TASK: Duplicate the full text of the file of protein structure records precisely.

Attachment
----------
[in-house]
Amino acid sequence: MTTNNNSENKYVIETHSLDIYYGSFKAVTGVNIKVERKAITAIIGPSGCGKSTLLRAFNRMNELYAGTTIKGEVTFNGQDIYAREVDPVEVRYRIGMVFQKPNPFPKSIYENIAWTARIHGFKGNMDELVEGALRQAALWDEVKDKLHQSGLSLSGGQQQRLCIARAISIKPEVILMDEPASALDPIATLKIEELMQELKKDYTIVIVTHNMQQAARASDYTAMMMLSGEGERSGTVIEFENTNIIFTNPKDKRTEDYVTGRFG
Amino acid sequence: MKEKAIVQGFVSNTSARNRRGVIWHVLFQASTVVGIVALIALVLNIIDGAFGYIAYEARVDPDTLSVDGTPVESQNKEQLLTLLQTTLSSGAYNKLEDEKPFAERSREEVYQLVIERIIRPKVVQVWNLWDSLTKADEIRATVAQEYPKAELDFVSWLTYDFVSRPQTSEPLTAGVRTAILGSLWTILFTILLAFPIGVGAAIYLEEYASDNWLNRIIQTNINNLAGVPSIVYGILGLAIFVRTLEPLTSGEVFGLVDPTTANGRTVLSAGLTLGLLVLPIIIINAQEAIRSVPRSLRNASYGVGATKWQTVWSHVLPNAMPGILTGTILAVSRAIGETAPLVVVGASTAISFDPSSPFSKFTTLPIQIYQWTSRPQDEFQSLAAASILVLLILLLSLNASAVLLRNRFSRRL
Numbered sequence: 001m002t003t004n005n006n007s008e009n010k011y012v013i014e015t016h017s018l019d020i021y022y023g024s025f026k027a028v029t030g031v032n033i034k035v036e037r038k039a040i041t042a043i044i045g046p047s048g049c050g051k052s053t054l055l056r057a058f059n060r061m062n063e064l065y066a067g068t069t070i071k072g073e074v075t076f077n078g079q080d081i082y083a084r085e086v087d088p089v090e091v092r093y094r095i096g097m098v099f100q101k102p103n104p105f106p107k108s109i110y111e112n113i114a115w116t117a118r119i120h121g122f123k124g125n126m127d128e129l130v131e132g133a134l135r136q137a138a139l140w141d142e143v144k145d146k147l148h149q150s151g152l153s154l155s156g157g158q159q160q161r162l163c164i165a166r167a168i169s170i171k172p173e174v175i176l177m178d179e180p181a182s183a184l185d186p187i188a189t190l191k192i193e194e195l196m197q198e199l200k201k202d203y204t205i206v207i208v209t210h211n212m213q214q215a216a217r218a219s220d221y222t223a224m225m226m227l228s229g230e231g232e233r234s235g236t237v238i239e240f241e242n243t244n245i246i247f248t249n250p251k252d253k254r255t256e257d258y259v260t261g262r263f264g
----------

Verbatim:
[in-house]
Amino acid sequence: MTTNNNSENKYVIETHSLDIYYGSFKAVTGVNIKVERKAITAIIGPSGCGKSTLLRAFNRMNELYAGTTIKGEVTFNGQDIYAREVDPVEVRYRIGMVFQKPNPFPKSIYENIAWTARIHGFKGNMDELVEGALRQAALWDEVKDKLHQSGLSLSGGQQQRLCIARAISIKPEVILMDEPASALDPIATLKIEELMQELKKDYTIVIVTHNMQQAARASDYTAMMMLSGEGERSGTVIEFENTNIIFTNPKDKRTEDYVTGRFG
Amino acid sequence: MKEKAIVQGFVSNTSARNRRGVIWHVLFQASTVVGIVALIALVLNIIDGAFGYIAYEARVDPDTLSVDGTPVESQNKEQLLTLLQTTLSSGAYNKLEDEKPFAERSREEVYQLVIERIIRPKVVQVWNLWDSLTKADEIRATVAQEYPKAELDFVSWLTYDFVSRPQTSEPLTAGVRTAILGSLWTILFTILLAFPIGVGAAIYLEEYASDNWLNRIIQTNINNLAGVPSIVYGILGLAIFVRTLEPLTSGEVFGLVDPTTANGRTVLSAGLTLGLLVLPIIIINAQEAIRSVPRSLRNASYGVGATKWQTVWSHVLPNAMPGILTGTILAVSRAIGETAPLVVVGASTAISFDPSSPFSKFTTLPIQIYQWTSRPQDEFQSLAAASILVLLILLLSLNASAVLLRNRFSRRL
Numbered sequence: 001m002t003t004n005n006n007s008e009n010k011y012v013i014e015t016h017s018l019d020i021y022y023g024s025f026k027a028v029t030g031v032n033i034k035v036e037r038k039a040i041t042a043i044i045g046p047s048g049c050g051k052s053t054l055l056r057a058f059n060r061m062n063e064l065y066a067g068t069t070i071k072g073e074v075t076f077n078g079q080d081i082y083a084r085e086v087d088p089v090e091v092r093y094r095i096g097m098v099f100q101k102p103n104p105f106p107k108s109i110y111e112n113i114a115w116t117a118r119i120h121g122f123k124g125n126m127d128e129l130v131e132g133a134l135r136q137a138a139l140w141d142e143v144k145d146k147l148h149q150s151g152l153s154l155s156g157g158q159q160q161r162l163c164i165a166r167a168i169s170i171k172p173e174v175i176l177m178d179e180p181a182s183a184l185d186p187i188a189t190l191k192i193e194e195l196m197q198e199l200k201k202d203y204t205i206v207i208v209t210h211n212m213q214q215a216a217r218a219s220d221y222t223a224m225m226m227l228s229g230e231g232e233r234s235g236t237v238i239e240f241e242n243t244n245i246i247f248t249n250p251k252d253k254r255t256e257d258y259v260t261g262r263f264g